The N&O fact checks a claim made by Walter Dalton in the recent Democratic gubernatorial debate regarding job creation numbers resulting from a
corporate welfare economic development program – the One North Carolina Fund. Dalton claimed that the fund “created 60,000 jobs and produced $11 billion worth of investment since its inception.”
Here’s how the N&O fact-checker responded:
The One N.C. Fund has been around in some form since 2001. The 60,000 jobs and $11 billion worth of investments referred to by Dalton is the total jobs and investments that companies have pledged to create and invest after receiving a grant from the One N.C. Fund.
But Dalton is incorrect in stating that the fund has created 60,000 jobs. Companies only receive the grant money if they meet their hiring and investment goals. While many of companies who received grants in the past have achieved their job-creation and investment milestones, others never achieved them or have yet to achieve them.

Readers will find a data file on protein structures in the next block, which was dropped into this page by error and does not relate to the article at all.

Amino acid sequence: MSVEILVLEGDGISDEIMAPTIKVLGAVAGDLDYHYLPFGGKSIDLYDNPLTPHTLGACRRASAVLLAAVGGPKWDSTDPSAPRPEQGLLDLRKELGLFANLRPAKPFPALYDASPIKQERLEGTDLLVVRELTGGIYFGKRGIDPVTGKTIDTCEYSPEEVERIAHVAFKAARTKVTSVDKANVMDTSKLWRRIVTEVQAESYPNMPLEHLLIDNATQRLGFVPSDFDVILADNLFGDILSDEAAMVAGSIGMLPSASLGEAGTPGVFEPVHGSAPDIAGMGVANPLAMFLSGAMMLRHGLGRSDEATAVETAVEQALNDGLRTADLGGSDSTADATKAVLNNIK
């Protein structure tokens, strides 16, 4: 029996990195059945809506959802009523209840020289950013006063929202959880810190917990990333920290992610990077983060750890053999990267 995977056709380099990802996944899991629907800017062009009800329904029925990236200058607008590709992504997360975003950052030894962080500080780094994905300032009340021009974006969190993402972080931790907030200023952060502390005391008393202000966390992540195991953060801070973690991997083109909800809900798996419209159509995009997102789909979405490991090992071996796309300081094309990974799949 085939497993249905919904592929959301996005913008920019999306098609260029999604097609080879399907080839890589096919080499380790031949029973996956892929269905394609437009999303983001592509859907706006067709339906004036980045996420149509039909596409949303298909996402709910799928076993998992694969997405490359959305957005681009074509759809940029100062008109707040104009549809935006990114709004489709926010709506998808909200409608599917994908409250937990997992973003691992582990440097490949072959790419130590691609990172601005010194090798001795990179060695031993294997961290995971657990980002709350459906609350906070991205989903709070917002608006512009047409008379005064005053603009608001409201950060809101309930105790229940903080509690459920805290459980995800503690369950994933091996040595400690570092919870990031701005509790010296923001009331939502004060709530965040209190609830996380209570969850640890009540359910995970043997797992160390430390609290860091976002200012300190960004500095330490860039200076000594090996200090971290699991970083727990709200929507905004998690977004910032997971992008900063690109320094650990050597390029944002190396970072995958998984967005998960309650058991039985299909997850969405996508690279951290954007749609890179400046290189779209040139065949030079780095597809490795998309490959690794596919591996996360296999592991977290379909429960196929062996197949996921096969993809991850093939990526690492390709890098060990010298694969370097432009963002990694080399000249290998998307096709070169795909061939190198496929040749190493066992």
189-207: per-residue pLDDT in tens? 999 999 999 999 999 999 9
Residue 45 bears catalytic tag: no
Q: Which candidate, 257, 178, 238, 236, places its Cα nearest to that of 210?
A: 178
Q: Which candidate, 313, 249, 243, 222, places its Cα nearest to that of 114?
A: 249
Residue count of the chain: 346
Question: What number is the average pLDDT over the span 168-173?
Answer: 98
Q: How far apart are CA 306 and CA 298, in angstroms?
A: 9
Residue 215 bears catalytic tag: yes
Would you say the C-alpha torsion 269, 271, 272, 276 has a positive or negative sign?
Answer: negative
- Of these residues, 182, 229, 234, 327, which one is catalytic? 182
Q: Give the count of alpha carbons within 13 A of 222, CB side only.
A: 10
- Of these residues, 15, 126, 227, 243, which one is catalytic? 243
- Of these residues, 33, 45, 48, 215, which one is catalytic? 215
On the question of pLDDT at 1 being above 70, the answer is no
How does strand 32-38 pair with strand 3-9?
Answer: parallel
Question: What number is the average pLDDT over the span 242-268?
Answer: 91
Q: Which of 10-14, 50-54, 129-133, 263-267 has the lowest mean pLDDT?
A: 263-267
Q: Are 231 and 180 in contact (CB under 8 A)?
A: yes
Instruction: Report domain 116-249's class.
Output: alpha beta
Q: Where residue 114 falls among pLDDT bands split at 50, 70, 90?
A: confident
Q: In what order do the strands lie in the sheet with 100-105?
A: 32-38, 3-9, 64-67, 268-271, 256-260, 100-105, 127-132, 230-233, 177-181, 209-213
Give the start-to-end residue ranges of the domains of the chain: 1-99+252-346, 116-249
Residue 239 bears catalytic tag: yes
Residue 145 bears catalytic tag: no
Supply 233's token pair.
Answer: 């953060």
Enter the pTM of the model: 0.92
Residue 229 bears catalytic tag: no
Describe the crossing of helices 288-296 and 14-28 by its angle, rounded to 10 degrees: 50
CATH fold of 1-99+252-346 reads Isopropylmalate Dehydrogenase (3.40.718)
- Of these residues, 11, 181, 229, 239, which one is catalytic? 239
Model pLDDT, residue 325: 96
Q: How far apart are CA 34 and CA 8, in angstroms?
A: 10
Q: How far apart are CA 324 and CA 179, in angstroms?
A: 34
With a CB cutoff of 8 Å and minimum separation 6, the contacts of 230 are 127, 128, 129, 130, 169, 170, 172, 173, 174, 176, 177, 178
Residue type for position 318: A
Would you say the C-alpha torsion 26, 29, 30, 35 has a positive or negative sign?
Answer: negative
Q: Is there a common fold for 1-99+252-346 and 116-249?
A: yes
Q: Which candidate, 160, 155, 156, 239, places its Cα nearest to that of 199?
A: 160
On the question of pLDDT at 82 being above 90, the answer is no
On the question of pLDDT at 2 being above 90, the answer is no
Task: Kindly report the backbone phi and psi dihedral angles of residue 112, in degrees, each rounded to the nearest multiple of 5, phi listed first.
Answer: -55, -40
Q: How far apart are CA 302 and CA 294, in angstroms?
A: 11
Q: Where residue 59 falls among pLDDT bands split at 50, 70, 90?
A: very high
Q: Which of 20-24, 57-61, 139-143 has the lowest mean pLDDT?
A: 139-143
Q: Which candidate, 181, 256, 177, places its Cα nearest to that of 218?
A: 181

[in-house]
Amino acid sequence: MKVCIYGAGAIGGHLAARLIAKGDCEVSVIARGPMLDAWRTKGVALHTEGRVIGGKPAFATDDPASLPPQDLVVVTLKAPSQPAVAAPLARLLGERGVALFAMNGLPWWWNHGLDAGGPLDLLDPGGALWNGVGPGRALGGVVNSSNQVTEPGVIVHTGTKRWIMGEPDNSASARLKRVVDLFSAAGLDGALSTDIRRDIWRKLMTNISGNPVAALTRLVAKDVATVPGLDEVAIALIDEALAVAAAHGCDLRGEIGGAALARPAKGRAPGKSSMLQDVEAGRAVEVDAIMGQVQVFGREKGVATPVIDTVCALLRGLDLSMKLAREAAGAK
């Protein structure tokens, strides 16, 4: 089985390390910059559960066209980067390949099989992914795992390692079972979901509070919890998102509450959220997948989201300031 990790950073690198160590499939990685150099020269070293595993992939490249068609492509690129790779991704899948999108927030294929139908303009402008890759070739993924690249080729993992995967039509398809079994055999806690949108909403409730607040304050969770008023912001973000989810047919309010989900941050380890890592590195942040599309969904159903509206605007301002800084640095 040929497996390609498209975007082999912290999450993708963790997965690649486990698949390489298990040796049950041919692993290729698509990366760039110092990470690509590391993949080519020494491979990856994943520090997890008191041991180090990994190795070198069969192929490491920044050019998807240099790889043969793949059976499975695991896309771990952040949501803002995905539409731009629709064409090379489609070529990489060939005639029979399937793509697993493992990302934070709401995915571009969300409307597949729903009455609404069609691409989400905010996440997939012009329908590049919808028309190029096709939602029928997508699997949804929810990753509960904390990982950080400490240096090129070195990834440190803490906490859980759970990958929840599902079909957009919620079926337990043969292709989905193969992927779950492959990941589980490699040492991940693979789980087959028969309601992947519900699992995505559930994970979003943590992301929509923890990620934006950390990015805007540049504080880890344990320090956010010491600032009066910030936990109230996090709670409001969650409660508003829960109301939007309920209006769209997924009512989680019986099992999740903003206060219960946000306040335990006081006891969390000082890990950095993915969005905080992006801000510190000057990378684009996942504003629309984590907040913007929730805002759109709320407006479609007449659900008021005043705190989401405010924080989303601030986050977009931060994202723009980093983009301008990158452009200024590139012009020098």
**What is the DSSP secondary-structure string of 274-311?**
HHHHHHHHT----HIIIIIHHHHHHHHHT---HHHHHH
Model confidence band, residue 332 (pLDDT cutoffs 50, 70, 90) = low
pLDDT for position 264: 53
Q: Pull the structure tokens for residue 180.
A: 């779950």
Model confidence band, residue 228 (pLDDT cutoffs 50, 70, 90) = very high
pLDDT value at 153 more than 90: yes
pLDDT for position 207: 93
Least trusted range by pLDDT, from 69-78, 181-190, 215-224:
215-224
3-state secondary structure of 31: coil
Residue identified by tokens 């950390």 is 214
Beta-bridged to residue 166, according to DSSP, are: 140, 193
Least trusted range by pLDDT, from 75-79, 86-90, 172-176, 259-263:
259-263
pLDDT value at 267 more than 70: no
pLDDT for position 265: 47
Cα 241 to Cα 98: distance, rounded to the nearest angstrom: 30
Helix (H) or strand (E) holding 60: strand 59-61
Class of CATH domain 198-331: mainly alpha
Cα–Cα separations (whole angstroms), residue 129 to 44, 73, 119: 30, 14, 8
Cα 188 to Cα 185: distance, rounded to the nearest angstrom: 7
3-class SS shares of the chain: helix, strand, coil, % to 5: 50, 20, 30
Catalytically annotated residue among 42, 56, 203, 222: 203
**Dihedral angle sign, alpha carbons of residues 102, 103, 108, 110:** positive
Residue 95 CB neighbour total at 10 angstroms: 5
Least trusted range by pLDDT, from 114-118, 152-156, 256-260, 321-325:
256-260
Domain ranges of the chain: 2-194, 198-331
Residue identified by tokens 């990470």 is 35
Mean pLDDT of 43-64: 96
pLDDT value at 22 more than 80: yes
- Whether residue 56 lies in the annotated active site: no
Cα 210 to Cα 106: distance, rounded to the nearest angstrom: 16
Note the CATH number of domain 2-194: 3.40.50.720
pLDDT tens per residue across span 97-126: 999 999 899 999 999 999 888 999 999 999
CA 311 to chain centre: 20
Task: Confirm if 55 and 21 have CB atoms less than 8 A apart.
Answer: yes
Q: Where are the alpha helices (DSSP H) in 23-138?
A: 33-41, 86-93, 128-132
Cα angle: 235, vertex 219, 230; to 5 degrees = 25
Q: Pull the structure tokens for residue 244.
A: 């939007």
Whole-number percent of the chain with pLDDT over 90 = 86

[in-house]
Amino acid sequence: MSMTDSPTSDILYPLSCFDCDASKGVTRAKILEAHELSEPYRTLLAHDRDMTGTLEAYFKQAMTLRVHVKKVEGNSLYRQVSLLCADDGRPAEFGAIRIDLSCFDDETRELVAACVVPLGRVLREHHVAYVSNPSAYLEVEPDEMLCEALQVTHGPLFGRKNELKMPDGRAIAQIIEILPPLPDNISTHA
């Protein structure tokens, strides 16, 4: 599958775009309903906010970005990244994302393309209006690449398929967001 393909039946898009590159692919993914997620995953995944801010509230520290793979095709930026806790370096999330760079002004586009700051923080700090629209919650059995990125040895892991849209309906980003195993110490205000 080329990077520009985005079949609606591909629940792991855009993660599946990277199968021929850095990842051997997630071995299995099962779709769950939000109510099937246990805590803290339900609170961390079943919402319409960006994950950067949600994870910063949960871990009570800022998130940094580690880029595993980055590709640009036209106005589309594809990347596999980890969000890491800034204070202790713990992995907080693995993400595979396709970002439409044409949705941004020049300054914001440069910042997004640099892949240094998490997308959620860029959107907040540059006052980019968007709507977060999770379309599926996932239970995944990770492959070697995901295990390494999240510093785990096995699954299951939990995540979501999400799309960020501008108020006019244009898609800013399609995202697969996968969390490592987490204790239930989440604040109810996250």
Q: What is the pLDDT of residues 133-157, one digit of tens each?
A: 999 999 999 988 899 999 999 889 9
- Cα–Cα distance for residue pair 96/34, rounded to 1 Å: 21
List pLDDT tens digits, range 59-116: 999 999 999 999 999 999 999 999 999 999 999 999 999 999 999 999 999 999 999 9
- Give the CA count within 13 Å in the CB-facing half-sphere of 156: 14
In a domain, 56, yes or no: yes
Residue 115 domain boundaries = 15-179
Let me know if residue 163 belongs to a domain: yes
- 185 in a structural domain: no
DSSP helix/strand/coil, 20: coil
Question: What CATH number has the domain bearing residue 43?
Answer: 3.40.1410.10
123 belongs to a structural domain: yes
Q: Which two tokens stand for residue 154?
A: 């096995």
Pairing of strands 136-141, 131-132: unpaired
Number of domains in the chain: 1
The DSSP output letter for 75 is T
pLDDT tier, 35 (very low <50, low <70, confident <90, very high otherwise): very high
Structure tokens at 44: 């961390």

Unfortunately, the analysis stops there – proving again the N&O is full of bad economists. As Frederic Bastiat famously observed, the difference between a good and bad economist rests on whether one stops only at observing the easily detected effects of a policy versus those who factor in the harder to detect, secondary effects of a policy.
The truth of the matter is that any analysis of the One North Carolina fund needs to take into consideration the “unseen” effects of the program. For starters, the One NC Fund is financed with tax dollars. How many jobs would have been created in the real economy if those funds had not been removed and transferred to the politicized One NC Fund? Moreover, how many business investments were not made because resources such as loanable funds, labor, land, raw materials, etc. were diverted to those investments subsidized by the One NC Fund and thus no longer available for other entrepreneurs?
In reality, on net, the existence of the One NC Fund has likely made our economy worse off due to the distortions caused by shifting resources from the real economy directed by entrepreneurs in response to consumer demand into the hands of businesses that may not have existed without taxpayer subsidies.